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RE: [Xen-users] Best way to store domU's. NFS? NBD?

  • To: "Wiebe Cazemier" <halfgaar@xxxxxxx>, <xen-users@xxxxxxxxxxxxxxxxxxx>
  • From: Jeff Sturm <jeff.sturm@xxxxxxxxxx>
  • Date: Wed, 24 Mar 2010 14:34:25 -0400
  • Cc:
  • Delivery-date: Wed, 24 Mar 2010 11:36:48 -0700
  • List-id: Xen user discussion <xen-users.lists.xensource.com>
  • Thread-index: AcrLdayxMzUeNOCVRJqHW87uqUE9JgABct+Q
  • Thread-topic: [Xen-users] Best way to store domU's. NFS? NBD?

> -----Original Message-----
> From: xen-users-bounces@xxxxxxxxxxxxxxxxxxx [mailto:xen-users-
> bounces@xxxxxxxxxxxxxxxxxxx] On Behalf Of Wiebe Cazemier
> Sent: Wednesday, March 24, 2010 1:15 PM
> To: xen-users@xxxxxxxxxxxxxxxxxxx
> Subject: [Xen-users] Best way to store domU's. NFS? NBD?
> Hi,
> I'm trying to find out what the way is to store the domU disk images,
> live migration and failover in mind. One source [1] says NFS is the
> common. Another source [2] says that NFS is flaky. Then iSCSI is
mentioned as
> very robust, but the xen wiki makes not a single mention of that.
Also, (E)NBD
> is mentioned.

Decide whether you want files or block devices as the backing store of
your domU's.  There are pros and cons to each.  In my installations I
work solely with block devices, so I won't discuss NFS further.

DRBD does a great job of providing shared, reliable block devices for
two-node Linux clusters.  It requires a good network connection but no
specialized hardware.

iSCSI is nearly ubiquitous among commercial SAN products these days.
Its main advantage is interoperability--there are many SAN vendors, many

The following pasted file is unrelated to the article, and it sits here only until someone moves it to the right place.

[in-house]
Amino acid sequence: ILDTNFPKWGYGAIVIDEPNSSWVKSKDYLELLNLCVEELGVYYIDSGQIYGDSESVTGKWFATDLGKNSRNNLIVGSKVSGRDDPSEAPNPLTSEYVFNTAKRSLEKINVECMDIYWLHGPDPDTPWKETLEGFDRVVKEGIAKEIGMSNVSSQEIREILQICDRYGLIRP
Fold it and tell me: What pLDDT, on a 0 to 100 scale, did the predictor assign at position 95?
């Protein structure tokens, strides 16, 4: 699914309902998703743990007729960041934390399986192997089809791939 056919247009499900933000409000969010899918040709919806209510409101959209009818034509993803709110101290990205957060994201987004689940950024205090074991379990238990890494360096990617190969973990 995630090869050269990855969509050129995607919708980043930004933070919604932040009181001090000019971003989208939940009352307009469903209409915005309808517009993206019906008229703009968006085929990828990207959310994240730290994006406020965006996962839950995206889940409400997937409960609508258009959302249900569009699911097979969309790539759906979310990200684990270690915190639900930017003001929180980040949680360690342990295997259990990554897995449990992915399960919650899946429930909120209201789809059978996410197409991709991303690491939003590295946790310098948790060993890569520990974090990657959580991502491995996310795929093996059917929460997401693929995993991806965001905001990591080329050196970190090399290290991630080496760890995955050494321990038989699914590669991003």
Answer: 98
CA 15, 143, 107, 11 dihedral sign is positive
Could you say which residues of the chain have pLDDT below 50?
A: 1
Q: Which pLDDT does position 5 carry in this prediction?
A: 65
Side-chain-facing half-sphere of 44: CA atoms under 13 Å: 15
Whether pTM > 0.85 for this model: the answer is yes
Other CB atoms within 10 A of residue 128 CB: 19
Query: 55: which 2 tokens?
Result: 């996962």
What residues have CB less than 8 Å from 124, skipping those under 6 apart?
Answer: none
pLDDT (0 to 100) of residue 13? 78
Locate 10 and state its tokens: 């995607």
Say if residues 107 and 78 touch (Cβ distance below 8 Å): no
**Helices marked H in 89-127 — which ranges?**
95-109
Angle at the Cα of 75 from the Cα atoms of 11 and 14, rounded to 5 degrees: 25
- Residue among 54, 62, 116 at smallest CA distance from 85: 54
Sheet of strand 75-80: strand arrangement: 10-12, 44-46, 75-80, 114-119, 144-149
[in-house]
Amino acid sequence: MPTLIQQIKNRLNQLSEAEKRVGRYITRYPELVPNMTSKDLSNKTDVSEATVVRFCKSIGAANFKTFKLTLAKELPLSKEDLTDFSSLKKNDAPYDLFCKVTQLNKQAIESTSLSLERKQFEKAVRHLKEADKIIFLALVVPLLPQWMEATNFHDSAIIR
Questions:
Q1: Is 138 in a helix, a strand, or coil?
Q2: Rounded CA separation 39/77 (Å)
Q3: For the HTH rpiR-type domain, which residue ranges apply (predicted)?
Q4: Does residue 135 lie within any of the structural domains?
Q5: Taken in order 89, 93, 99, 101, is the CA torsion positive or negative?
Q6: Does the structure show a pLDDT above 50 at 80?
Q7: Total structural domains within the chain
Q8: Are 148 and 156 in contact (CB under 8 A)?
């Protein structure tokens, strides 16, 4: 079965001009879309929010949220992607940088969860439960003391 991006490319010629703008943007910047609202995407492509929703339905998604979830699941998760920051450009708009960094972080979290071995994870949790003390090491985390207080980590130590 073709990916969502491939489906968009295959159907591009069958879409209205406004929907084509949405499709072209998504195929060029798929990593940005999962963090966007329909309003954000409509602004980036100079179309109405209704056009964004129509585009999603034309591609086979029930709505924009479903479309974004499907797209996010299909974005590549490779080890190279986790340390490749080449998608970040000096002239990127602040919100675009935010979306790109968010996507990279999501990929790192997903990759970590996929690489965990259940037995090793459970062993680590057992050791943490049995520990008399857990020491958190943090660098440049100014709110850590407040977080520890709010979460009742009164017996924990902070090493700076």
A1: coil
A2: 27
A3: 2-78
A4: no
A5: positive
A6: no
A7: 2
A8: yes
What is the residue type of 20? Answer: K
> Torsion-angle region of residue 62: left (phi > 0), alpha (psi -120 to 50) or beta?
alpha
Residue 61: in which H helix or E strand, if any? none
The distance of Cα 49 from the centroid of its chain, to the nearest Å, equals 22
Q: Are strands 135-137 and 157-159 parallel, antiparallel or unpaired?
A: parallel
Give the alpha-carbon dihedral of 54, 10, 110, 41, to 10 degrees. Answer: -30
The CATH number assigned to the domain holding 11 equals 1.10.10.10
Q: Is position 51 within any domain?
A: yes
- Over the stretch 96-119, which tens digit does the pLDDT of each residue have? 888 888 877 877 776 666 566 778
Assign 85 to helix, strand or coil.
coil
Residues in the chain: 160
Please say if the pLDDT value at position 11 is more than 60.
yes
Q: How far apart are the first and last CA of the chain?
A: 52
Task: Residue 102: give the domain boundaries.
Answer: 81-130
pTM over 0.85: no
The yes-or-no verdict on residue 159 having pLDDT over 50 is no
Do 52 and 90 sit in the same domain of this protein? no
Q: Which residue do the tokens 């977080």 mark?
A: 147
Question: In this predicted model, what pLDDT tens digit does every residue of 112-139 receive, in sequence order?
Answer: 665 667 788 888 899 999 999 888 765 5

client implementations (Linux and otherwise), and works over any network
that supports TCP/IP.  You can also use a Fibre Channel SAN or even
FCoE, AoE, or any of the lesser-known protocols.  It may make more sense
to choose a good storage vendor, using their recommended and supported
protocol, than the other way around.

GNBD is available for those who don't wish to invest in a commercial SAN
(as is DRBD), but I don't believe GNDB is receiving further development.

No matter what you choose for shared block storage, you need some kind
of logical volume management so you can easily carve up your large
physical RAID arrays into manageable pieces to store individual disk
images or filesystems.  Many SAN products include management tools that
make this easy.  Some offer handy features such as thin provisioning or
volume snapshots.  For Linux installations, Red Hat's Clustered LVM
(CLVM) can also provide volume management independent of whatever
network storage you choose, and is simple to deploy on RHEL or CentOS

What is "best" may well depend on your exact requirements.  Do you need
simple failover (2 machines) or might you need to grow to 3 or more
hosts?  How much storage overall do you need today, and are you prepared
to grow this on demand?  Are you running a homogenous Linux environment
or do you need to mix in Windows or other systems?  What will you use to
backup data?  (And so forth.)


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